Nurses begin to testify in Muckamore Abbey Hospital inquiry

Nurses have started to give evidence at a public inquiry into abuse of patients that took place at a learning disability hospital in Northern Ireland.

A former nurse’s testimony was the first to be heard as part of the staff evidence sessions at the Muckamore Abbey Hospital Inquiry.

The inquiry has been examining the issue of abuse of patients at Muckamore Abbey Hospital in County Antrim to determine why it happened and the circumstances that allowed it to happen.

The hospital, run by Belfast Health and Social Care Trust, provides inpatient services to people with learning disabilities.

It has been at the centre of a long-running investigation into reports of patient abuse by staff and, as a result, is set to close down in June 2024.

Christine Keenan, a former nurse at Muckamore Abbey Hospital, told the inquiry on 13 November that she had never witnessed any abuse of patients at the hospital.

Ms Keenan worked at the hospital between 1973 and 2015, first as an enrolled nurse and then as a behavioural nurse therapist.

She said she worked mostly with children in their teenage years.

During the inquiry hearing, the retired nurse told of her personal experience of the working environment in the hospital.

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She recounted several incidents where patients had harmed her, saying that she had been injured “hundreds of times”.

“I have been grabbed, hit in the face and told by a [Muckamore Abbey Hospital] patient that he was going to rape me,” said Ms Keenan.

In one case, she explained that a patient had become so agitated and frustrated that they threw a fire extinguisher at her head.

Ms Keenan said: “I had to sit down because of the shock.

“Had the fire extinguisher hit me, I believe that I would have been seriously brain damaged or possibly dead.”

Despite saying she was once described as “the most injured member of staff” at the trust, Ms Keenan said there were few times where there were deliberate attempts to harm her.

“I cared very passionately about my work and I would not have stayed if I had seen abuse of patients”

Christine Keenan

She told the inquiry that, without building a relationship with patients, it was not possible to change their behaviour.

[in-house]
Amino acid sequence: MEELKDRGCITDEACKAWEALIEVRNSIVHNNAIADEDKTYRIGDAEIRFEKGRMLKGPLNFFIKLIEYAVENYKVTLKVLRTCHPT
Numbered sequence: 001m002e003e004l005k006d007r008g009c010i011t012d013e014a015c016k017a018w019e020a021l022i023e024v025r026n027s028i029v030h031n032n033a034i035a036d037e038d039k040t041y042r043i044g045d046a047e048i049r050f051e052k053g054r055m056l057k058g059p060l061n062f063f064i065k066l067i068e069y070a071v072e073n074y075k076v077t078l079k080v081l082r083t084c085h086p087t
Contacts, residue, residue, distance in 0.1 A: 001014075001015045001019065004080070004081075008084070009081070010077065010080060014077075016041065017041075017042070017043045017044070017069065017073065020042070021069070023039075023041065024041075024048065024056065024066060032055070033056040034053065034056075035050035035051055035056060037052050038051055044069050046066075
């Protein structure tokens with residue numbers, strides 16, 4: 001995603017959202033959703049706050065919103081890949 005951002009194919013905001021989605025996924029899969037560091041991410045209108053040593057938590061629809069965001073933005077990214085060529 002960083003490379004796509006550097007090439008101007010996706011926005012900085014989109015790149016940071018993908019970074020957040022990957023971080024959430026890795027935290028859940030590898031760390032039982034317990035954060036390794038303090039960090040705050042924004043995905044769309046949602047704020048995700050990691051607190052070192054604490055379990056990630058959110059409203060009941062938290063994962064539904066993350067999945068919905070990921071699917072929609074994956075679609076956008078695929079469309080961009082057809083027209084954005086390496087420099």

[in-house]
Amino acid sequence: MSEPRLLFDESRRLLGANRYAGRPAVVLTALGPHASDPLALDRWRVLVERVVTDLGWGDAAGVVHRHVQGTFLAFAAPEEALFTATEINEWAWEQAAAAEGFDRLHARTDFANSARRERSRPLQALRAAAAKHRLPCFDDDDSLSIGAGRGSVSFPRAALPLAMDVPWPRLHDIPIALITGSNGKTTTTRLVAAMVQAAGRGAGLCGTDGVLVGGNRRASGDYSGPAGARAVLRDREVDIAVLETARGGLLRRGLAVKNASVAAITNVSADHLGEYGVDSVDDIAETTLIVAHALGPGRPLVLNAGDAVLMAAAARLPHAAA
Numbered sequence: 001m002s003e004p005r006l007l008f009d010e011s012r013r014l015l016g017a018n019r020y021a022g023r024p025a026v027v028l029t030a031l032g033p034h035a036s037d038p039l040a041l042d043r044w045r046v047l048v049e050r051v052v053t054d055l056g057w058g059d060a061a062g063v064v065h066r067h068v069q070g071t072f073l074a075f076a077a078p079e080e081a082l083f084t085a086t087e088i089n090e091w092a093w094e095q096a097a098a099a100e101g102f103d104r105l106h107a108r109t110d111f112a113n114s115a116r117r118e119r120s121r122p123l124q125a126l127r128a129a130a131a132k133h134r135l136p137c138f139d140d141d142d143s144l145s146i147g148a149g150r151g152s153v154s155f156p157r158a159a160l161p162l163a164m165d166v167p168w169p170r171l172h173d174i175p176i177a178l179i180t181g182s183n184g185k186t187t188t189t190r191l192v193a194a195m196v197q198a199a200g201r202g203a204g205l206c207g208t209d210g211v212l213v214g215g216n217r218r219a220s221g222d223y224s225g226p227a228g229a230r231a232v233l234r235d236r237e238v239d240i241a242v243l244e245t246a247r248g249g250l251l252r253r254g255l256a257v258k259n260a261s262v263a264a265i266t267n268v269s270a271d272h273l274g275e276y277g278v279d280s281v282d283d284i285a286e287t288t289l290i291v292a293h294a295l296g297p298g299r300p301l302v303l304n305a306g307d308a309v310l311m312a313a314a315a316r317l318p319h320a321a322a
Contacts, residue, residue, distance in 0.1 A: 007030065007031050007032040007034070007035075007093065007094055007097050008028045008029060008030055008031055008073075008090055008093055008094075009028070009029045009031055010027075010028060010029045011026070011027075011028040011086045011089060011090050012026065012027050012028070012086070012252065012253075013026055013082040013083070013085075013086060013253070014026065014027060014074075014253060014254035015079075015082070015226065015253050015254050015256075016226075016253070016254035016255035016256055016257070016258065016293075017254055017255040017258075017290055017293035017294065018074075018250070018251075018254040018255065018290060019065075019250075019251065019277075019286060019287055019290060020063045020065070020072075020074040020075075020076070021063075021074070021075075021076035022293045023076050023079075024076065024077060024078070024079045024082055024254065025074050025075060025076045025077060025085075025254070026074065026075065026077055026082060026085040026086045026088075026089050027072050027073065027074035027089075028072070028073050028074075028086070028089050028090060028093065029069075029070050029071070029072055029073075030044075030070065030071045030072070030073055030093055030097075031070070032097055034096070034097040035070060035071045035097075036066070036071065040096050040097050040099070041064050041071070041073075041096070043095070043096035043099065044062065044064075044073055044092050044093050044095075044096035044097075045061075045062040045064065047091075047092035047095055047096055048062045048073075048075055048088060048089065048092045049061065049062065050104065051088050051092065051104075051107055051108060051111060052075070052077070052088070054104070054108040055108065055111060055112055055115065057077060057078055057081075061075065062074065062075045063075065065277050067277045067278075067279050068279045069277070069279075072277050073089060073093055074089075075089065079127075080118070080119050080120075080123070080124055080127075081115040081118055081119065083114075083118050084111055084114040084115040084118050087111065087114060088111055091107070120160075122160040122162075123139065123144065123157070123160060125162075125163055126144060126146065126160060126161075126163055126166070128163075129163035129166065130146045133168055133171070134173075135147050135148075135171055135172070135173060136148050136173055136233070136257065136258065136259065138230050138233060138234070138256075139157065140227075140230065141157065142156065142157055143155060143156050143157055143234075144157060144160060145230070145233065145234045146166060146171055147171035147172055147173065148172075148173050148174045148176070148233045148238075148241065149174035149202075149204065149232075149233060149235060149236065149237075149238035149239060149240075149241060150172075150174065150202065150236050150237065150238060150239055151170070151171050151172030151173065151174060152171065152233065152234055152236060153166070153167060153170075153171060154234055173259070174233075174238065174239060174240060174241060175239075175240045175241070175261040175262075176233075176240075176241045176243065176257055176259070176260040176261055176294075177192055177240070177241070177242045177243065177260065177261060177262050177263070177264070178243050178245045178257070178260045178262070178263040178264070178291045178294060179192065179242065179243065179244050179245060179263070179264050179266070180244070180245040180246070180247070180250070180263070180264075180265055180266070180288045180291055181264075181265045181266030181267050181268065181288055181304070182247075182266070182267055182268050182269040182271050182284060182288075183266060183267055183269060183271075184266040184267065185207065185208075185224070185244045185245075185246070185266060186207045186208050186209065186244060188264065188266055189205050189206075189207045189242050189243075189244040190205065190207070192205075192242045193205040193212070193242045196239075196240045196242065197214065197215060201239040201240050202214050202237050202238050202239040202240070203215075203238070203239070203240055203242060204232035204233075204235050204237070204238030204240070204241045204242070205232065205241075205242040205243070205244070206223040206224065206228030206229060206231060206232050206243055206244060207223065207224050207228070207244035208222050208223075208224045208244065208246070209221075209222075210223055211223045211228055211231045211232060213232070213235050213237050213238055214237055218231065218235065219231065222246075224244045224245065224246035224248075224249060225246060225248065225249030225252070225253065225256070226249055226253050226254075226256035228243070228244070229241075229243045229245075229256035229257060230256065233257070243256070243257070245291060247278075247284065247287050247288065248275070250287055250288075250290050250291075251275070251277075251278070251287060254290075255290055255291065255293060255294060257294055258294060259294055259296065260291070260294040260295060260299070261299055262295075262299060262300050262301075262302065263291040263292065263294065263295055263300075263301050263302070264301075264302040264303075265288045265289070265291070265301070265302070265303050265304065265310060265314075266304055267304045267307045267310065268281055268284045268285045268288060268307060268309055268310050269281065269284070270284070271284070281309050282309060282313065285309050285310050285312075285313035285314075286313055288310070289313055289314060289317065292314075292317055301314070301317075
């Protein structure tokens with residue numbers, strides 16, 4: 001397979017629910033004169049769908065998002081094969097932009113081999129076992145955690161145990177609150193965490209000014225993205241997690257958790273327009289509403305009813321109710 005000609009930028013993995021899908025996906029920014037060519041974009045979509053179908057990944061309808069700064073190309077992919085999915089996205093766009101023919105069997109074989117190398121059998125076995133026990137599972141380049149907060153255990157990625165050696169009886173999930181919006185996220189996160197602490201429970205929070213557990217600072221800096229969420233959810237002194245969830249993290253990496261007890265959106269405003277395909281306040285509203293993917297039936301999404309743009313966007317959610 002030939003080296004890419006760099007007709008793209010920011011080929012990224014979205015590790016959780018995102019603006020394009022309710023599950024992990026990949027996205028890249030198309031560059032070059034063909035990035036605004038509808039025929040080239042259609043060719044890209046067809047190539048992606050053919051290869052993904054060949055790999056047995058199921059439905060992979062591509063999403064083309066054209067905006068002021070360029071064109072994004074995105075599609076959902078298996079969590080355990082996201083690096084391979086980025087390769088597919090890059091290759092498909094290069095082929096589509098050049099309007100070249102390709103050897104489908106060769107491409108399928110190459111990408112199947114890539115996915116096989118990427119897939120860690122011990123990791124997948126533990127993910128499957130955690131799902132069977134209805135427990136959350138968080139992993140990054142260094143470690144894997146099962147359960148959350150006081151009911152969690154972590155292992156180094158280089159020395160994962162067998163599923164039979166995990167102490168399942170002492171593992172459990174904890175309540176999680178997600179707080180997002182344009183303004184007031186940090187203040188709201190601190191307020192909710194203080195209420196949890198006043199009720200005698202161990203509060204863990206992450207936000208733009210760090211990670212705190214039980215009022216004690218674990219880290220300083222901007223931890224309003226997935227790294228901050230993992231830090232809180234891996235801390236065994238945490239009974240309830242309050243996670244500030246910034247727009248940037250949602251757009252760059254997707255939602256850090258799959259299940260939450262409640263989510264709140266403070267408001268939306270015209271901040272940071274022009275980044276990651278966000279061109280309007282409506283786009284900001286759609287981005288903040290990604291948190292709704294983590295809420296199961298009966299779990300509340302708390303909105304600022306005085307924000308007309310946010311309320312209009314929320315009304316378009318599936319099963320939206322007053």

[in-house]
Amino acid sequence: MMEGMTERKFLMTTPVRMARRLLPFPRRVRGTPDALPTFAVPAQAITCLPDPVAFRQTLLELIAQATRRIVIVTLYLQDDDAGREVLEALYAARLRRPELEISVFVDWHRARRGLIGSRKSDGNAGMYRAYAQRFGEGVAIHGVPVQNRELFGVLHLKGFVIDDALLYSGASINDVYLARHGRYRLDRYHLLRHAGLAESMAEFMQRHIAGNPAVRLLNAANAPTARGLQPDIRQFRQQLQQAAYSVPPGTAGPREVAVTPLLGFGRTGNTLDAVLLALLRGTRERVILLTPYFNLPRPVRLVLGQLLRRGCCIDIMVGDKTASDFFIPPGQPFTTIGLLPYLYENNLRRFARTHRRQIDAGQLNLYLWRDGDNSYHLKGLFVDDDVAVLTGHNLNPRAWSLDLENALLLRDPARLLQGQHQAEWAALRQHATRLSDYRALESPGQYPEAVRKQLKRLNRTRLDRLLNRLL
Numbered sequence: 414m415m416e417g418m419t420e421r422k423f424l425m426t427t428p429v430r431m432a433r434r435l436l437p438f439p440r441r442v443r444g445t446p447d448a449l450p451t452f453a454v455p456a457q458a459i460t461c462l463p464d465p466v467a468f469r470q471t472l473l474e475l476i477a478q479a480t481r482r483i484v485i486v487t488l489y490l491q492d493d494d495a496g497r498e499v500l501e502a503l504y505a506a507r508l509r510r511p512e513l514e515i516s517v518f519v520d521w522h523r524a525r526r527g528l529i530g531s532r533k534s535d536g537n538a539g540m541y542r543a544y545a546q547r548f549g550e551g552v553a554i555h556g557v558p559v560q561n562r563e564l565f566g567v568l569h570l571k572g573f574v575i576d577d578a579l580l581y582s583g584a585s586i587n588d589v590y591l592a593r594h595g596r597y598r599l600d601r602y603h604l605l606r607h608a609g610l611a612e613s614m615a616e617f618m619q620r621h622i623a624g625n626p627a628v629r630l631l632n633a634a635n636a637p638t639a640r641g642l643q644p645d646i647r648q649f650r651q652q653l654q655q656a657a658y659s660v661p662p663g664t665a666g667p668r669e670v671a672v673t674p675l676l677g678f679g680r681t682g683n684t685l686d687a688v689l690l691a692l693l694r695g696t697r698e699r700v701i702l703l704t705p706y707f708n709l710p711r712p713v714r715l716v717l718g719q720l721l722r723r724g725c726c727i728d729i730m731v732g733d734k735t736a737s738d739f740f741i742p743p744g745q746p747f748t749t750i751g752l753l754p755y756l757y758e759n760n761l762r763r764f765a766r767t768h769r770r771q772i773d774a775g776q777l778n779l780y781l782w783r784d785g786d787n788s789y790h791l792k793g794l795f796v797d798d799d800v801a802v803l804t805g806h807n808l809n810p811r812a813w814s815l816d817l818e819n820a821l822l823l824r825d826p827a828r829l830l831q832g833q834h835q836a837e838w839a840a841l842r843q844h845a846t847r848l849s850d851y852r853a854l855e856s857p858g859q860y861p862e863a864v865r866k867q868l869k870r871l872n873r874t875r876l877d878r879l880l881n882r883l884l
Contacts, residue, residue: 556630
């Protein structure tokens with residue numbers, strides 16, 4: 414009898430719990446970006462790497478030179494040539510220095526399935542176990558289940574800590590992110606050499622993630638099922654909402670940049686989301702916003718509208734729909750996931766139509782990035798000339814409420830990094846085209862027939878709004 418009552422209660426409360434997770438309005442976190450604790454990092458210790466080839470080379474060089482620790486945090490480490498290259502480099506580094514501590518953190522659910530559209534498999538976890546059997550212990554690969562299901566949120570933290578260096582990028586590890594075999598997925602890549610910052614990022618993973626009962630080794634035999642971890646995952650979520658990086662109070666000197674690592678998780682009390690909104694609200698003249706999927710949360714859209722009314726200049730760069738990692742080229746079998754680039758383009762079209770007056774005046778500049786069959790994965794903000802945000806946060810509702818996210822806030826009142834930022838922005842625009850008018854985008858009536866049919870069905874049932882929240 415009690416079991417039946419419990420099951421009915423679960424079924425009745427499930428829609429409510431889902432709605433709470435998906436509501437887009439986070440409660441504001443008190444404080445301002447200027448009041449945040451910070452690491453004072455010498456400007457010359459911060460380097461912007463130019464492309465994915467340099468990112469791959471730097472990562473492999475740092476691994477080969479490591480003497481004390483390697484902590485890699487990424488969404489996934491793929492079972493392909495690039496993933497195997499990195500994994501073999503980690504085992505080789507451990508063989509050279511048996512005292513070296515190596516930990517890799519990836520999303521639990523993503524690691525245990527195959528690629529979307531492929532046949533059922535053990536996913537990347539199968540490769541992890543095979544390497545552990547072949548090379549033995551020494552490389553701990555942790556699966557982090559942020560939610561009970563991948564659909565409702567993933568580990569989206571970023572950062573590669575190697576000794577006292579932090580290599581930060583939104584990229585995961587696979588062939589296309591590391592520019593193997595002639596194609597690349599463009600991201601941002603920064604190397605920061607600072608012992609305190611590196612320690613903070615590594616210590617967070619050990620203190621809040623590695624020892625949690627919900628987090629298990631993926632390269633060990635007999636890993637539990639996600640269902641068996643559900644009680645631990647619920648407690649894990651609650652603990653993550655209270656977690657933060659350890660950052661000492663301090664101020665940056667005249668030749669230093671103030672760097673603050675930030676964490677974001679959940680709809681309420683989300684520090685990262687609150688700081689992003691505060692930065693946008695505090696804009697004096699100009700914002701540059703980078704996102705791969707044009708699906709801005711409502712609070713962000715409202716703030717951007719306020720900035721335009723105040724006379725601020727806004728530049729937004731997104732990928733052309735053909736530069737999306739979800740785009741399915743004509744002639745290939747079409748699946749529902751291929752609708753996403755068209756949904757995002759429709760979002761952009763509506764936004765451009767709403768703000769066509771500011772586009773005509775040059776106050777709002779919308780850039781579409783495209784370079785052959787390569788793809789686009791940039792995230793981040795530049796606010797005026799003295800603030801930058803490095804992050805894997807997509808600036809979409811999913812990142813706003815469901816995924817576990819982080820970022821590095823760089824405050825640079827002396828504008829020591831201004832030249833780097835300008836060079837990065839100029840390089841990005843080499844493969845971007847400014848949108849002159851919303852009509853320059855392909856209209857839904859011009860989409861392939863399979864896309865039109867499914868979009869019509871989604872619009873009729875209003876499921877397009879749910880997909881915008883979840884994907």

“You have to be in direct contact with them and a lot of the times you are putting yourself in the firing line because you are going to get the behaviour and sometimes you just accept it,” said Ms Keenan.

However, she did note that nursing staff “didn’t really get any support” if a patient had harmed them or caused injuries.

In addition, she explained that often when staff got injured, they did not fill out accident forms.

“In many ways I think people just accepted it and felt it was part of the job,” said Ms Keenan.

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Reflecting on the allegations surrounding Muckamore Abbey Hospital, Ms Keenan said it had been “difficult to hear about incidents of abuse” in the media coverage of the inquiry.

“I cared very passionately about my work and I would not have stayed if I had seen abuse of patients,” she said.

The retired nurse described working at the hospital as her “calling” and said she found it difficult to leave.

However, since the revelations about the abuse that took place there, and the subsequent inquiries into the hospital, she said she found it “difficult to say that I worked there”.

“I had been proud of my work at MAH,” she said. “Now I am not sure when and where I can talk about my nursing career.”

Tom Kark KC, who is chairing the inquiry, said at the start of the hearing that it was important to “encourage staff to come forward” to testify about good and bad experiences at the hospital.

“We need to hear about good practice at the hospital as well as poor practice,” he said.

This phase of the inquiry is due to finish in February 2024 with more nurses expected to give evidence in the coming months.

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